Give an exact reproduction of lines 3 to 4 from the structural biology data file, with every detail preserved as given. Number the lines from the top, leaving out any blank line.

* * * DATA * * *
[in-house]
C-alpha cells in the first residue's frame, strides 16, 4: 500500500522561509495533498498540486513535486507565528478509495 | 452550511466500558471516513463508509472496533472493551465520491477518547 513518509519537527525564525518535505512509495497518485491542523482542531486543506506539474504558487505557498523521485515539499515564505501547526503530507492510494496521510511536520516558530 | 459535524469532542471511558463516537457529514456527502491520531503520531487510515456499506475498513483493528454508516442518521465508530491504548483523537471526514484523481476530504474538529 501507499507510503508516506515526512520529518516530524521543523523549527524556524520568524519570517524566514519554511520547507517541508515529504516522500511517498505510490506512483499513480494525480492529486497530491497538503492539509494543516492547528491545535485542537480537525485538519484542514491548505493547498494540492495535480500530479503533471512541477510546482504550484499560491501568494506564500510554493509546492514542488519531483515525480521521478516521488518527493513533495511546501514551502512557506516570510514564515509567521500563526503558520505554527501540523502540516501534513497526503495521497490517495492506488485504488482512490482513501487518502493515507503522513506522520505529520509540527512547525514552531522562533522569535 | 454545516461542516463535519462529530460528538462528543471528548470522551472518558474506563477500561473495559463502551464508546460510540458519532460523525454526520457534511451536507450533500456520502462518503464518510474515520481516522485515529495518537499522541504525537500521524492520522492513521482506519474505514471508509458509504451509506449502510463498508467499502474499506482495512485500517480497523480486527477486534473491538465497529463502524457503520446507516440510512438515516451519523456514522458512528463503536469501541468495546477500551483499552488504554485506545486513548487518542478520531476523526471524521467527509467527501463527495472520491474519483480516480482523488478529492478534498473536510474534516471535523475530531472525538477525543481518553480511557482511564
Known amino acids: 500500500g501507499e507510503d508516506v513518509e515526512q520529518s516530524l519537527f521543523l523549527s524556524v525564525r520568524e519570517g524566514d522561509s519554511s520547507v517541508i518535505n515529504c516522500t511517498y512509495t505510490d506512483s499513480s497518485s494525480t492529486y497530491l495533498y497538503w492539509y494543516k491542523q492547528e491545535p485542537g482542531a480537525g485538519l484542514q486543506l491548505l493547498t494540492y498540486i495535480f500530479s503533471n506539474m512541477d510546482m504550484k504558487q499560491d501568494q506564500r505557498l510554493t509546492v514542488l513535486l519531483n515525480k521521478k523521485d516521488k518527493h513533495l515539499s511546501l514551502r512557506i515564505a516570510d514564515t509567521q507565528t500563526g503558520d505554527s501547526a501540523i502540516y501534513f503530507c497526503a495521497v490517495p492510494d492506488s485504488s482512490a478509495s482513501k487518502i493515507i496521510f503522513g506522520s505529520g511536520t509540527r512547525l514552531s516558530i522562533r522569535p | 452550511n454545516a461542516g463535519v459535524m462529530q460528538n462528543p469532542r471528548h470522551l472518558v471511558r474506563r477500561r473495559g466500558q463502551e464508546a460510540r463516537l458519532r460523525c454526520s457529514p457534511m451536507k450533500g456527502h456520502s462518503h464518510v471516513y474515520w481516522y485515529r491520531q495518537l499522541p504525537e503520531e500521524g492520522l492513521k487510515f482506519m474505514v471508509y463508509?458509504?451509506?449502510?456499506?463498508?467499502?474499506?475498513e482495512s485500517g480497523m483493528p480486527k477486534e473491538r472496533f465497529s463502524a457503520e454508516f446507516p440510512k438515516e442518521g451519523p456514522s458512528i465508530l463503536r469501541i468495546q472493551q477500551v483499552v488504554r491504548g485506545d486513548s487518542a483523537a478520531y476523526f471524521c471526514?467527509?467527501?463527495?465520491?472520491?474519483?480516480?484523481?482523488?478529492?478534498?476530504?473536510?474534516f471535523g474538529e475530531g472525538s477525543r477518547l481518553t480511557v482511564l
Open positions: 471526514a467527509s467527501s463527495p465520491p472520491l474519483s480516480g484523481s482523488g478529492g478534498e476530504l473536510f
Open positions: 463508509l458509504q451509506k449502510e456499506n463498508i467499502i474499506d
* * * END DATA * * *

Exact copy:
Known amino acids: 500500500g501507499e507510503d508516506v513518509e515526512q520529518s516530524l519537527f521543523l523549527s524556524v525564525r520568524e519570517g524566514d522561509s519554511s520547507v517541508i518535505n515529504c516522500t511517498y512509495t505510490d506512483s499513480s497518485s494525480t492529486y497530491l495533498y497538503w492539509y494543516k491542523q492547528e491545535p485542537g482542531a480537525g485538519l484542514q486543506l491548505l493547498t494540492y498540486i495535480f500530479s503533471n506539474m512541477d510546482m504550484k504558487q499560491d501568494q506564500r505557498l510554493t509546492v514542488l513535486l519531483n515525480k521521478k523521485d516521488k518527493h513533495l515539499s511546501l514551502r512557506i515564505a516570510d514564515t509567521q507565528t500563526g503558520d505554527s501547526a501540523i502540516y501534513f503530507c497526503a495521497v490517495p492510494d492506488s485504488s482512490a478509495s482513501k487518502i493515507i496521510f503522513g506522520s505529520g511536520t509540527r512547525l514552531s516558530i522562533r522569535p | 452550511n454545516a461542516g463535519v459535524m462529530q460528538n462528543p469532542r471528548h470522551l472518558v471511558r474506563r477500561r473495559g466500558q463502551e464508546a460510540r463516537l458519532r460523525c454526520s457529514p457534511m451536507k450533500g456527502h456520502s462518503h464518510v471516513y474515520w481516522y485515529r491520531q495518537l499522541p504525537e503520531e500521524g492520522l492513521k487510515f482506519m474505514v471508509y463508509?458509504?451509506?449502510?456499506?463498508?467499502?474499506?475498513e482495512s485500517g480497523m483493528p480486527k477486534e473491538r472496533f465497529s463502524a457503520e454508516f446507516p440510512k438515516e442518521g451519523p456514522s458512528i465508530l463503536r469501541i468495546q472493551q477500551v483499552v488504554r491504548g485506545d486513548s487518542a483523537a478520531y476523526f471524521c471526514?467527509?467527501?463527495?465520491?472520491?474519483?480516480?484523481?482523488?478529492?478534498?476530504?473536510?474534516f471535523g474538529e475530531g472525538s477525543r477518547l481518553t480511557v482511564l
Open positions: 471526514a467527509s467527501s463527495p465520491p472520491l474519483s480516480g484523481s482523488g478529492g478534498e476530504l473536510f